But this immediately should leave in our minds a dilemma. If there is one God, how is it that Jesus claimed to be God? This, of course, was one of the arguments that the religious leaders in Jesus’ day were using against Him. How could Jesus be God? Make no mistake about it, Jesus claimed to be God, was proven to be God, and the apostolic writers verify that Jesus is God. John 1:1-3 says, “In the beginning was the Word, and the Word was with God, and the Word was God. He was in the beginning with God. All things were made through Him, and without Him nothing was made that was made.” In John 1, the Word (logos) is identified as Jesus who came to earth as the light of the world. The multitudes and religious leaders understood that Jesus claimed to be God. In John 5:18, “Therefore the Jews sought all the more to kill Him, because He not only broke the Sabbath, but also said that God was His Father, making Himself equal with God.” Many other passages such as Colossians 1:15-18 and Hebrews 1:2 verify Jesus to be the creator and in the beginning and therefore God. Again, we must ask the question, how can it be that God is one when we see that Jesus is God and the Father is God?

Plurality with God

From the beginning God revealed that there was more than one person that make up God. In Genesis 1:1 we read, “In the beginning God…” The Hebrew word for God is “el.” However, that is not the Hebrew word that was used when God described Himself to the world. Instead, He used the Hebrew word “elohim” which is the plural of “el.” This plurality is seen in the word more clearly in Exodus 20:3, “you shall have no other gods before Me.” The word “gods” is “elohim.” Some suggest that the plurality of the word suggests that is denotes majesty and glory. While this may be true concerning other texts, it cannot be true here because the plurality is more distinct later in Genesis 1. This plurality can even be seen in our own English language in Genesis 1:26, “Then God said, ‘Let Us make man in Our image, according to Our likeness;” If there were only one person, then these words do not make sense. The sentence ought to read, “Then God said, ‘I will make man in My image, according to My likeness.” But we have already noticed that there was more than one person in the beginning. John 1:1-3 tells us that there the Word was there in the beginning, creating with the Father.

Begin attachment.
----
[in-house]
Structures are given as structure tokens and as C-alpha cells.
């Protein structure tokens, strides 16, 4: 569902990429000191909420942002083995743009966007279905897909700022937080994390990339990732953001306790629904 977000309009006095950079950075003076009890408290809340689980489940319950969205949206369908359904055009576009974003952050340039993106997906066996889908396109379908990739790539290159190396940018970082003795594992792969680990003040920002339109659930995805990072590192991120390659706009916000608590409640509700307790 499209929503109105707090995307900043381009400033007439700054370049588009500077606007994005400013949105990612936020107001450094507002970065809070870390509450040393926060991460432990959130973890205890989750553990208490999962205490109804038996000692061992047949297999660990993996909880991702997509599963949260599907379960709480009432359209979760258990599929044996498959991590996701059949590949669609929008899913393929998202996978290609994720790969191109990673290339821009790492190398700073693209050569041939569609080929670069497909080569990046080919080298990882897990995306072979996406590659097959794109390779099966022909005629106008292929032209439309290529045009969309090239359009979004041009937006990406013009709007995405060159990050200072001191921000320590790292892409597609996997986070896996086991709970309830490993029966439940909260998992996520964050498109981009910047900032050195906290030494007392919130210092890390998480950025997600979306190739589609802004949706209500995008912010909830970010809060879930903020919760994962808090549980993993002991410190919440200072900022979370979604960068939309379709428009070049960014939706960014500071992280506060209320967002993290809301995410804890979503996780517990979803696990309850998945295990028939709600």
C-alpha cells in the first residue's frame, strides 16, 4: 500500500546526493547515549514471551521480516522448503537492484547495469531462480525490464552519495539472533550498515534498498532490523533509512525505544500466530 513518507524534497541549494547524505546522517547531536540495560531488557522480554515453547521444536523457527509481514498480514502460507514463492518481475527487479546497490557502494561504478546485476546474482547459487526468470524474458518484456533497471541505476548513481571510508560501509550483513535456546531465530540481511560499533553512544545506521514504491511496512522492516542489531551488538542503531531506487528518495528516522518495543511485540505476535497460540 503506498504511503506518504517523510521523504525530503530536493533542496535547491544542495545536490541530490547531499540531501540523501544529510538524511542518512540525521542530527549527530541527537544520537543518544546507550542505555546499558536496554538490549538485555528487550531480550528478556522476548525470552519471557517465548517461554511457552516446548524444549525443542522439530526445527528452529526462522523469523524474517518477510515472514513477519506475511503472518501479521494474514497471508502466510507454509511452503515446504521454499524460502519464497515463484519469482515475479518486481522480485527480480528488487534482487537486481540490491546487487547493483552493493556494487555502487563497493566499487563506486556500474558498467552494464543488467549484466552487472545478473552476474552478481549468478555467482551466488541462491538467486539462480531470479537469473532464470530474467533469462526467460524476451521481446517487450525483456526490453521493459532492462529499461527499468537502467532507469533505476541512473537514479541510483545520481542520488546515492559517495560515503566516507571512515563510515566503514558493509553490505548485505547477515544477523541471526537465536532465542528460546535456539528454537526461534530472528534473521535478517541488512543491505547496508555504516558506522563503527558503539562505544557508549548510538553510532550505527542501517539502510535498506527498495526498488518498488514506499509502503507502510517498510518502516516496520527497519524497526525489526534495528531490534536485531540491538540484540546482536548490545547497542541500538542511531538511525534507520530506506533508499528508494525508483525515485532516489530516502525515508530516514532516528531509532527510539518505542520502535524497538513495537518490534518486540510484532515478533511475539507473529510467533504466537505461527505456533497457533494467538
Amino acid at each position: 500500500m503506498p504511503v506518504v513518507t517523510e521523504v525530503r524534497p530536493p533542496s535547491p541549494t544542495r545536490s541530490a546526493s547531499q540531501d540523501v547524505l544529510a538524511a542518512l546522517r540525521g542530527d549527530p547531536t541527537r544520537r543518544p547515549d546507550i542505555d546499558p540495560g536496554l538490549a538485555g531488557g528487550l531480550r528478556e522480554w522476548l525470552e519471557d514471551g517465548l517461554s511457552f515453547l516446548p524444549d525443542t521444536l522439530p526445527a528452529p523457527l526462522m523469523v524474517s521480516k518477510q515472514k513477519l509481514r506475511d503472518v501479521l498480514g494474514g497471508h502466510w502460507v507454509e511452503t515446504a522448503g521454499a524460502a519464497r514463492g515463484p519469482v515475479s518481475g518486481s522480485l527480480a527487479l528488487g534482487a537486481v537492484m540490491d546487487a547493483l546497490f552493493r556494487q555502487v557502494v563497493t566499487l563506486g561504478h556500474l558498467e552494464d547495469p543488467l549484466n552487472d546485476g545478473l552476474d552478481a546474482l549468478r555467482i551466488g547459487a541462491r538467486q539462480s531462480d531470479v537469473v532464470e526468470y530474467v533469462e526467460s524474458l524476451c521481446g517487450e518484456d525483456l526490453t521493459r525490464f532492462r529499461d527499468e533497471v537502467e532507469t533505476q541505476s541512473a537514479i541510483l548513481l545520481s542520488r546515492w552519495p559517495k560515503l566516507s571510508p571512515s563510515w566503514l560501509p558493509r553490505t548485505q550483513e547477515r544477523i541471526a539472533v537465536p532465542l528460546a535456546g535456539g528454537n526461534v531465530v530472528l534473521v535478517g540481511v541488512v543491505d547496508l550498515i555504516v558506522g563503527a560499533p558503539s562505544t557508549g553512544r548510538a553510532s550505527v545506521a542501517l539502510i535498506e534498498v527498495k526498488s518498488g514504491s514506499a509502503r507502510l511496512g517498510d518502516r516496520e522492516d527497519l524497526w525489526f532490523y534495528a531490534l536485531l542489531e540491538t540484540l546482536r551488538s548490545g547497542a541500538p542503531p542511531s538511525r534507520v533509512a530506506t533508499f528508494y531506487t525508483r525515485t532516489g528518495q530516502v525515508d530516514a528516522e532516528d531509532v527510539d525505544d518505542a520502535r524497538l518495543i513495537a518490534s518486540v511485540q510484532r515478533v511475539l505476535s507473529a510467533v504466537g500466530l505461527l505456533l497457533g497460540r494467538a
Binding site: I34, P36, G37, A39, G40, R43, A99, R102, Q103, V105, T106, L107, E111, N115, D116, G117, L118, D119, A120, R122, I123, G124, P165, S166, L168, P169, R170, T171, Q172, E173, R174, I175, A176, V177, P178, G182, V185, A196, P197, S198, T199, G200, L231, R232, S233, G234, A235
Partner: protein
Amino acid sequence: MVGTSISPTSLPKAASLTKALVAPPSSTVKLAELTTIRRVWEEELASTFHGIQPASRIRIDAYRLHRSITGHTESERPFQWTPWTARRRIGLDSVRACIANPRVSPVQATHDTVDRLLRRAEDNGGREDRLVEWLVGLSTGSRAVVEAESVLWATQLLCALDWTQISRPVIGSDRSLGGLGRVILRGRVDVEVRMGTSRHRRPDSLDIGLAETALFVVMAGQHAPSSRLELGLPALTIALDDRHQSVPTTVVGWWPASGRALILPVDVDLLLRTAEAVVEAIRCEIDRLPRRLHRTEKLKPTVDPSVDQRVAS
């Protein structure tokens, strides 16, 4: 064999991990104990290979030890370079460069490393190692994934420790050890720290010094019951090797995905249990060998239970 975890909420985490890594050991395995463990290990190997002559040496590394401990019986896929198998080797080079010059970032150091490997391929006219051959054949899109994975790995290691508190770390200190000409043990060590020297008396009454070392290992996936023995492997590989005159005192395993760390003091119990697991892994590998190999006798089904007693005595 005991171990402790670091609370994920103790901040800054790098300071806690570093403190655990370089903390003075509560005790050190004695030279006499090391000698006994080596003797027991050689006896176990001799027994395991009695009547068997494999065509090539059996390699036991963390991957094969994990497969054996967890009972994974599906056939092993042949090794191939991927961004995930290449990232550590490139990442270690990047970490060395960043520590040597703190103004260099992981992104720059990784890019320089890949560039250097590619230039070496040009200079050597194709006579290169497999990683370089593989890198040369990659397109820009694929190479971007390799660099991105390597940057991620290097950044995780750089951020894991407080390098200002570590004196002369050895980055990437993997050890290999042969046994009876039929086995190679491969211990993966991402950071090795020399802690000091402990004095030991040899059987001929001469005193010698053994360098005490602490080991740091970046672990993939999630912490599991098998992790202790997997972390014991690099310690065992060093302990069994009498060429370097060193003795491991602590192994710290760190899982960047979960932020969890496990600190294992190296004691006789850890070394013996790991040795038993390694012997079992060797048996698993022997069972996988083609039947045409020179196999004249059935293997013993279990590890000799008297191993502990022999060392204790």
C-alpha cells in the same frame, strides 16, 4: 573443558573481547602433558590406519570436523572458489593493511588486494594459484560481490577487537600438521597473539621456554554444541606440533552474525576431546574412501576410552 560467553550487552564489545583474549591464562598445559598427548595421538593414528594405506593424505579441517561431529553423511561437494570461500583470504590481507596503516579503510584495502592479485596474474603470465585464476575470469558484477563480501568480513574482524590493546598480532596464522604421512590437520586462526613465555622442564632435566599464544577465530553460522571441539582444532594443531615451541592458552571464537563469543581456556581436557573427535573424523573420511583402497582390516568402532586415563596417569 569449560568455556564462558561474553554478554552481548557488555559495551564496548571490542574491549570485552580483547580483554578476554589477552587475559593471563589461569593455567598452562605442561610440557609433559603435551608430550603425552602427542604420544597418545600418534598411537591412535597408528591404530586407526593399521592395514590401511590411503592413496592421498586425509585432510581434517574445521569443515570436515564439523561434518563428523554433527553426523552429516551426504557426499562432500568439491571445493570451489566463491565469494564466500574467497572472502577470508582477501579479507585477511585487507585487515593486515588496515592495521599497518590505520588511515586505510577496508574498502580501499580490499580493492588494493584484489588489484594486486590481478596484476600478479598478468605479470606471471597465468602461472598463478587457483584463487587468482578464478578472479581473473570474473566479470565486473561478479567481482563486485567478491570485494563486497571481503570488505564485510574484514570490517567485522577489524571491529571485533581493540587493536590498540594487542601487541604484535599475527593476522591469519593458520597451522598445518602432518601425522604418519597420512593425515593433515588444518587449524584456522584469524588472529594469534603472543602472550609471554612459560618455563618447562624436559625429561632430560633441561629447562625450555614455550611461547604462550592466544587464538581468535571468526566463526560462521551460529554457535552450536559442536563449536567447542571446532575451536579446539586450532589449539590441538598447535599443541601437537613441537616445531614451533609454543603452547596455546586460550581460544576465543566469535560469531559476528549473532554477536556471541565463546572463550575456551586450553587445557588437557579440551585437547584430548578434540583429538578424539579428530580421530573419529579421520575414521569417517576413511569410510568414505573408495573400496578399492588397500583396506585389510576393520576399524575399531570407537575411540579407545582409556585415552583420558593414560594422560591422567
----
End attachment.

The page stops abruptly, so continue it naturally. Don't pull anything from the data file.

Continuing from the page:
Holy Spirit is God

While we are considering these things, it is as good a time as any to also point out that the Holy Spirit is God also. In Hebrews 9:14 we read that the Spirit is eternal. In 1 Peter 1:12 we read that the Holy Spirit was sent from heaven, yet another indication that the Holy Spirit is God. In Acts 5:3-4 we see that Ananias and Sapphira lied to the Holy Spirit, which Peter says is lying to God. However, possibly one of the clearest texts is in 1 Peter 1:1-2, “To the pilgrim…, elect according to the foreknowledge of God the Father, in sanctification of the Spirit, for obedience and sprinkling of the blood of Jesus Christ.” Here we are revealed that there are three persons in God who are active in the salvation of the elect. Now, when I use the word “person,” I do not use it as if they were human. By person I am simply describing an essence with a center of intelligence that is distinct from the other. I will deal with more of this later. This leaves us with some interesting questions that we will now address: how can we say that there is one God as the scriptures teach, yet also notice that there are three people who claim to be God?